This review of Dark Tide: The Great Boston Molasses Flood of 1919, by Stephen Puleo is re-posted from my Goodreads feed.
In January 1919, a 2.3-million-gallon tank of molasses located in Boston’s bustling North End burst, wreaking death and destruction in its wake. Most people — myself included — laugh in disbelief when they first hear of the incident. But the towering wave, which traveled at 35 miles an hour, claimed the lives of 21 people, and transformed the North End into a moonscape, was deadly serious. Puleo does an admirable job of extracting a living tale about this event from dry court records and newspaper accounts.
The circumstances of its construction, its failure, and the criminal and civil trials that followed all serve as a focal point for the major forces sweeping through the country at the beginning of the last century, including industry’s increasing footprint on the American economy, the impact of World War I and the Prohibition, corporate negligence, and the radical anarchist movement.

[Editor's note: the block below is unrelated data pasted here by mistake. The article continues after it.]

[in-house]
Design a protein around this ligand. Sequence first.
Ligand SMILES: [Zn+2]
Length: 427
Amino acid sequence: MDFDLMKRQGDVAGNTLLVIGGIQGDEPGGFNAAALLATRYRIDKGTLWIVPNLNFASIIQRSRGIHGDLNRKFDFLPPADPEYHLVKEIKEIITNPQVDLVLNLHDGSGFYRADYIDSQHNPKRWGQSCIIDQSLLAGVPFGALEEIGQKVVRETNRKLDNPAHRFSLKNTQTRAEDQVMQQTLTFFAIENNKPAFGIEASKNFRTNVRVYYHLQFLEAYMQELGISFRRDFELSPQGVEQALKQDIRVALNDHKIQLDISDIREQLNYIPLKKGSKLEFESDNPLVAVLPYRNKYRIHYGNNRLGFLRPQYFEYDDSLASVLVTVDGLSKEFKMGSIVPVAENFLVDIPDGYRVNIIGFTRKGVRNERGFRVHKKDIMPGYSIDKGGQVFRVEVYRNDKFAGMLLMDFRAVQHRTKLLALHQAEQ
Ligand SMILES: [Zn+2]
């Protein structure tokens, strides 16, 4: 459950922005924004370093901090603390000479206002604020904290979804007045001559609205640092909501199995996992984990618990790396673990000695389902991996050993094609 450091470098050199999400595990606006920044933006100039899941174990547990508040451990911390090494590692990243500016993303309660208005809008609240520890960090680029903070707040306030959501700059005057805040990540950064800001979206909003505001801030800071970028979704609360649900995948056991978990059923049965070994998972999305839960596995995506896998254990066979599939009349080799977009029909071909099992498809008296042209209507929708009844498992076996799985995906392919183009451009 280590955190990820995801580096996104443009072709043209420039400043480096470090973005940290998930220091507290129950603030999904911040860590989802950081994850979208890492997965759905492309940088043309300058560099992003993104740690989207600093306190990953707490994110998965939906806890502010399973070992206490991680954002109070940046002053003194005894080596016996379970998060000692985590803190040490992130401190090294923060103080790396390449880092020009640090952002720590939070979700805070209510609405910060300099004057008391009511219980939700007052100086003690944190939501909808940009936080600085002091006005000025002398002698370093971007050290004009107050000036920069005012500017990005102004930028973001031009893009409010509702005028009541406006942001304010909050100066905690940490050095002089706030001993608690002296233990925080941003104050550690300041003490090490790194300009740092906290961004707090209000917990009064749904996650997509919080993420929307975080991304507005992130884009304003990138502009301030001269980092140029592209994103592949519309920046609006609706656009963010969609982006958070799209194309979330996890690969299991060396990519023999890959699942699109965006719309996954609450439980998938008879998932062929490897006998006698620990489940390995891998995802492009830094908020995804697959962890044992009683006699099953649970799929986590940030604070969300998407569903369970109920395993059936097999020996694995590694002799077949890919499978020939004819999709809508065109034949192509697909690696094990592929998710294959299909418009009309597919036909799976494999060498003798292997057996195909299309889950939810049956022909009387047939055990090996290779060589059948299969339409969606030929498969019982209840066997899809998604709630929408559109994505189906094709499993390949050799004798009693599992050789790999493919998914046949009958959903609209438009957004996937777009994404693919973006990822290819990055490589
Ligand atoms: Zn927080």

Puleo’s book focuses on the lives of the individuals surrounding the case — not the major historical figures we usually read about, but the ordinary people who lived and worked in the North End neighborhood, built the molasses tank, managed the plant, and investigated the disaster afterward. His storytelling is grounded in primary sources but manages to bring alive an event that happened almost 100 years ago and had a profound impact on the way business is conducted today.